It is this man, Samir Kuntar, the sole surviving member of the cell, that Hizballah leader Hasan Nasrallah promised to liberate this year from an Israeli prison by kidnapping Israeli soldiers to hold as a bargaining chip, an act Hizballah pulled off two weeks ago, precipitating the current fighting across the Israel-Lebanon border. Smadar Haran, meanwhile, has found herself again directly affected by the conflict, albeit in a much milder way. Nahariya is just five miles from the border with Lebanon and was the target of many of the rockets Hizballah has fired into Israeli towns since Israel launched its bombardment of Lebanon to retaliate for the seizure of two of its soldiers. After enduring a few days living in the windowless, reinforced room in their house a requirement for any new residence in Israel Haran and her second family (she's remarried and has two daughters, now 18 and 25) relocated to the home of relatives in Herzliyya, a tony town near Tel Aviv.
Haran supports the government's offensive. She thinks it's necessary to show Hizballah that Israel is strong in order to deter further aggression from the group. As to whether Israel should consider exchanging Kuntar for the kidnapped Israeli soldiers, Haran says she won't share her views with anyone but her closest friends. She adds, " I'm not going to be part of Nasrallah's game. He would like to see us turn family against family, pain against pain. But I won't comment on what the government should do. It's a national question. I'm just a civilian."
Hara, 54, longs to return to her seaside home in Nahariya. Meanwhile, she tries to enjoy the Herzliyya beach and the mall nearby. But when she came across customers haggling over jewelry the other day, she couldn't stomach it. "Imagine, thinking about buying jewelry with everything that's going on. I don't want things to be normal." A visitor reminds her that she has just spoken of how much she longs for normalcy, for herself, for the state of Israel. "Thank you for reminding me," she says, and smiles.
Haran is a kind of local hero of normalcy. Hers was an unbearable story, but she bore it. She never sought media attention, but she didn't scurry from it either. Today, she relates the events of April, 22, 1979, with a strong voice, in a beat as steady as a metronome. She skirts over the details only when describing how two-year-old Yael died. She says there was never any question that she'd start a new family. "I knew nobody could call me Mom anymore, but I was still Mom in my heart," she says. "I felt someone should get the tenderness I had to give."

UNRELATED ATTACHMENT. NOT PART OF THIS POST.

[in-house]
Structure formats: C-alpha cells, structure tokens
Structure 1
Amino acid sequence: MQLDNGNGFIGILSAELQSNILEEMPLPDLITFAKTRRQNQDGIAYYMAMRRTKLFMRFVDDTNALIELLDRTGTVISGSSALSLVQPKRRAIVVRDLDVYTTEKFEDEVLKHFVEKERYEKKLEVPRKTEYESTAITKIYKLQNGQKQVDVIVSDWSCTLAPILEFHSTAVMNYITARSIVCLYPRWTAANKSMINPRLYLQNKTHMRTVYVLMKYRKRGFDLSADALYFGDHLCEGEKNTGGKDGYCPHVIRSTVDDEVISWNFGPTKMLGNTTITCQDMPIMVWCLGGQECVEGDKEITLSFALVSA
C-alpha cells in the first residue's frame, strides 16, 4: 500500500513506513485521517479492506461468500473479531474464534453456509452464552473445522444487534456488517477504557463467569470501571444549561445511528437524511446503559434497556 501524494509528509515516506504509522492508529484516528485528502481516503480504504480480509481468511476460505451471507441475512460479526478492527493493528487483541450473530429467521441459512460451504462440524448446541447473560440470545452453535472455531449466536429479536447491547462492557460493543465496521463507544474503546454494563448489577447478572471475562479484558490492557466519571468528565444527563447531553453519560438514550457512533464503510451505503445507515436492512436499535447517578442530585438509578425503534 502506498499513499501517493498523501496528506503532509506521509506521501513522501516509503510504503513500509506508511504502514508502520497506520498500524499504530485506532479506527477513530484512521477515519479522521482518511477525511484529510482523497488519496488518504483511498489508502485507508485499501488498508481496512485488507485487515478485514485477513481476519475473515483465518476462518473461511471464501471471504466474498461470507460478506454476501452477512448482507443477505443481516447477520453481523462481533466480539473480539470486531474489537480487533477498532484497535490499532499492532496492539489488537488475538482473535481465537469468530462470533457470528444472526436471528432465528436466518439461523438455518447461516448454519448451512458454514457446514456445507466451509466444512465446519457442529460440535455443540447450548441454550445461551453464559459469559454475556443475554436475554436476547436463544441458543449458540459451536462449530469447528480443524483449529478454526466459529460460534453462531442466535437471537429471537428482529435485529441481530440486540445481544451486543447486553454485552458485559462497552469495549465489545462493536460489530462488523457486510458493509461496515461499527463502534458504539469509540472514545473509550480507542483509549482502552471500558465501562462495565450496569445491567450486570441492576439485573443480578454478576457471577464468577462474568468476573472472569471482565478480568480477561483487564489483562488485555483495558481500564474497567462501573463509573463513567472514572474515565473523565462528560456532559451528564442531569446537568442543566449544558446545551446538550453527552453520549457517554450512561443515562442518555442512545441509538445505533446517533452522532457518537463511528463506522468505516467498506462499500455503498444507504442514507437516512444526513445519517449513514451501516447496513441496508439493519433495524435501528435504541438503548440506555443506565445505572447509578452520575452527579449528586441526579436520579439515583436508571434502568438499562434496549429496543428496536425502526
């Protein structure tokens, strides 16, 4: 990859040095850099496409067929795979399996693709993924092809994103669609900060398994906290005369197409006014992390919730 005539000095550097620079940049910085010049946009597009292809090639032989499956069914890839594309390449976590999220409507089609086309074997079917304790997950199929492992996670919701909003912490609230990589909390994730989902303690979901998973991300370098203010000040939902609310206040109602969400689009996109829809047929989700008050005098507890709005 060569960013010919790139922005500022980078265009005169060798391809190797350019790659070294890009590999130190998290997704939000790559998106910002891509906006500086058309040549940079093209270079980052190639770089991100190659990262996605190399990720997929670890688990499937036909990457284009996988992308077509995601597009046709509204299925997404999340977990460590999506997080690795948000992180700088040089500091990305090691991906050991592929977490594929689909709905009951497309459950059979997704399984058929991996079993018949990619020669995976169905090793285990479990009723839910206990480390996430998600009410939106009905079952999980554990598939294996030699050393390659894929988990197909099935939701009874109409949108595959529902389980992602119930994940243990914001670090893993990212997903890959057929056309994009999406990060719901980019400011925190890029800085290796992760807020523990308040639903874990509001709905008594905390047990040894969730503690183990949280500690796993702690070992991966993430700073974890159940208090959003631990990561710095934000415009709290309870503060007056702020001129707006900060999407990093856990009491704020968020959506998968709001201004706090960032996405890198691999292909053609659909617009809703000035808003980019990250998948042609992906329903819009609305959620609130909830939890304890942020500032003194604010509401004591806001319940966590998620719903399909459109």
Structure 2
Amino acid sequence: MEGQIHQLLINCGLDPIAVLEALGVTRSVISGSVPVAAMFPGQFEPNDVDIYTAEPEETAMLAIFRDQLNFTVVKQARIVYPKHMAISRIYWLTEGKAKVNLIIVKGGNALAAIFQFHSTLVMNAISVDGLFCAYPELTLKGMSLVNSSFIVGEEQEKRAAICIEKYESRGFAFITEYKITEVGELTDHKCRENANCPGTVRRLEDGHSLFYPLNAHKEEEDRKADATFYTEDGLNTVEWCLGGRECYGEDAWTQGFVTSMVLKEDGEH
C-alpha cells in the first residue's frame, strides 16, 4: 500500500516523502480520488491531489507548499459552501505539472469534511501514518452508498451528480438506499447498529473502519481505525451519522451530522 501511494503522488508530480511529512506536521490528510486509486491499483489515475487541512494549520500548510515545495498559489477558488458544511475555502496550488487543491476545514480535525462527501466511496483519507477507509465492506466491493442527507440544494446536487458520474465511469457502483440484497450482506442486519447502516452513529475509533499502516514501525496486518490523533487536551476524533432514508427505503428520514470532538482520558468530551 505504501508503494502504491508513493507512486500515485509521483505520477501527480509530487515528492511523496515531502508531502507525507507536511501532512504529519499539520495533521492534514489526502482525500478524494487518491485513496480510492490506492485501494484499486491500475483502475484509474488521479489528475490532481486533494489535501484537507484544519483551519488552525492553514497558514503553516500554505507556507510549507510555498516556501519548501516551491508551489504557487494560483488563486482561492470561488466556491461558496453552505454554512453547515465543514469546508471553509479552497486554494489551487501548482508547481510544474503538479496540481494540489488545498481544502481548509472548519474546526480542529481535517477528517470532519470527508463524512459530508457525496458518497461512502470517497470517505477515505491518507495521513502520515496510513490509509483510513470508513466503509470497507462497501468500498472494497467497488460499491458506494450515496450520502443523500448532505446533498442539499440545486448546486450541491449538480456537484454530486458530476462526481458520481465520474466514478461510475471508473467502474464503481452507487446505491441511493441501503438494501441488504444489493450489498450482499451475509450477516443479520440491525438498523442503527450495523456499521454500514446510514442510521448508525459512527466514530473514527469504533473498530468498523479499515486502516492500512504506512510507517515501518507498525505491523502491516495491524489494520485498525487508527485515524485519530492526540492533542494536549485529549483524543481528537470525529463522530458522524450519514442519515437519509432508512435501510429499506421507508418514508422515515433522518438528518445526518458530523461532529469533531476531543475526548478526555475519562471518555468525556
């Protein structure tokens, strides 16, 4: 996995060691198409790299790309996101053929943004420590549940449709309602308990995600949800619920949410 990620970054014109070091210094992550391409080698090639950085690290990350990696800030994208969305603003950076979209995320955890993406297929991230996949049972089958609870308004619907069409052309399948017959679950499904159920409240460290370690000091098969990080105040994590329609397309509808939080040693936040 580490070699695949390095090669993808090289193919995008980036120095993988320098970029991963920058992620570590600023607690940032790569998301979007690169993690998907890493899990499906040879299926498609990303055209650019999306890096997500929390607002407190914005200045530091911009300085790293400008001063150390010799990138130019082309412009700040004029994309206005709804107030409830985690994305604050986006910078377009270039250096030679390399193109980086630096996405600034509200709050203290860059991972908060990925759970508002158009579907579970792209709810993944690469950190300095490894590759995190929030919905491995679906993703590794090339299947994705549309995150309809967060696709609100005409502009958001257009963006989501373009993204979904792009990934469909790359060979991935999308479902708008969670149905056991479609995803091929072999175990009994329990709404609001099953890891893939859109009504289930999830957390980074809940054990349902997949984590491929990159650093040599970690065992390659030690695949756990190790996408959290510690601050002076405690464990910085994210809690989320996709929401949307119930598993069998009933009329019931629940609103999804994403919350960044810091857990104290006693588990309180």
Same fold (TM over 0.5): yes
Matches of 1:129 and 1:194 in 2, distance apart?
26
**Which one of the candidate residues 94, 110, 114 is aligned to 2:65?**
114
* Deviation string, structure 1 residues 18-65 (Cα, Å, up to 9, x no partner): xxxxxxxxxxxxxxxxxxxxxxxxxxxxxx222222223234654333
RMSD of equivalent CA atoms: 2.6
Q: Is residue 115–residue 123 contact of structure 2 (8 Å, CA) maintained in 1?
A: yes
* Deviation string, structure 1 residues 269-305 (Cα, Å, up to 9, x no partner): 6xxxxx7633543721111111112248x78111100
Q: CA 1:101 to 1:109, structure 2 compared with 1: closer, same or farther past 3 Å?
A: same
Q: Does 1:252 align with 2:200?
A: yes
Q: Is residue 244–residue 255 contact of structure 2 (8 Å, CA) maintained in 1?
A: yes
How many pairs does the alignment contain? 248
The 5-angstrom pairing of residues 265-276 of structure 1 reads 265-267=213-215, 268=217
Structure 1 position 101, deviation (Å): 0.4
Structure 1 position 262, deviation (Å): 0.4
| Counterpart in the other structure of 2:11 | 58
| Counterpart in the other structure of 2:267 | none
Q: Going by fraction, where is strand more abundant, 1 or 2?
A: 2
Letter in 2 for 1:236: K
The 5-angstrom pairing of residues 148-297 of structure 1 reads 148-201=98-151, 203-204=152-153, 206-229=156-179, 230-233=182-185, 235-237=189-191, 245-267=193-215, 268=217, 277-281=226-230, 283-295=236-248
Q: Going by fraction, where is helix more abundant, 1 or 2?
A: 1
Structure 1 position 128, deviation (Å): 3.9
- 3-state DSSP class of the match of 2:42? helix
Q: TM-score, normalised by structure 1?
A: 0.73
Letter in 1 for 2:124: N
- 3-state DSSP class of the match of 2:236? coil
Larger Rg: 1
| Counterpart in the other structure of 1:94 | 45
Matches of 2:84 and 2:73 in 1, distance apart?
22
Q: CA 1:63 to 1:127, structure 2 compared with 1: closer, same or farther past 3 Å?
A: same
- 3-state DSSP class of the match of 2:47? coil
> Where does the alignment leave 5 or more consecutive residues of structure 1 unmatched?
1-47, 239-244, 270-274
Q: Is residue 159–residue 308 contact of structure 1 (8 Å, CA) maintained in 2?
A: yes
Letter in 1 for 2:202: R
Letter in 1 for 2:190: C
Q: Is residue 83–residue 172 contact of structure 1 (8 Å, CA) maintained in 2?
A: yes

She never embraced the idea of avenging her loss. " I don't believe in feeling happy when innocent Arabs are being killed. And I don't understand people who support suicide bombers because they say they are avenging their brother's death, or something. From my situation, I know there are other possibilities: to rebuild life, to understand that life is sacred, that each one of us, Jews and Arabs, should try to find a way to have a good life." After her family was murdered, Haran, who had been an art teacher, pursued a master's degree in social work and is now a psychotherapist working in a clinic with Jewish and Arab children with special needs.
She came out publicly in support of the 1993 Oslo peace accord between Israel and Yasser Arafat's PLO, though Samir Kuntar's cell was part of the organization. "I really believed the Palestinians were ready to live in peace with us,"she says. Israeli prime minister Yitzhak Rabin invited her to attend the Washington signing ceremony with him, but at the last minute she pulled out, unable to face the idea of meeting Arafat. After seeing Rabin off at the airport, she returned to Nahariya and placed olive branches on the graves of her daughters and husband. Rabin, in his memoirs, said that as he stood in the Rose Garden during the signing ceremony, he was thinking of her.
Today, Haran thinks she was naïve about Oslo and the Palestinians' intentions. "It's an ongoing war and this was just an intermission," she says. It was the outbreak of the second intifadeh in the fall of 2000 that changed her mind, in particular the images that October of ecstatic Palestinians, many with bloody hands, celebrating the lynching of an Israeli soldier. "I thought my daughters were going to live in peace," she says. "I don't think so anymore. Maybe the next generation."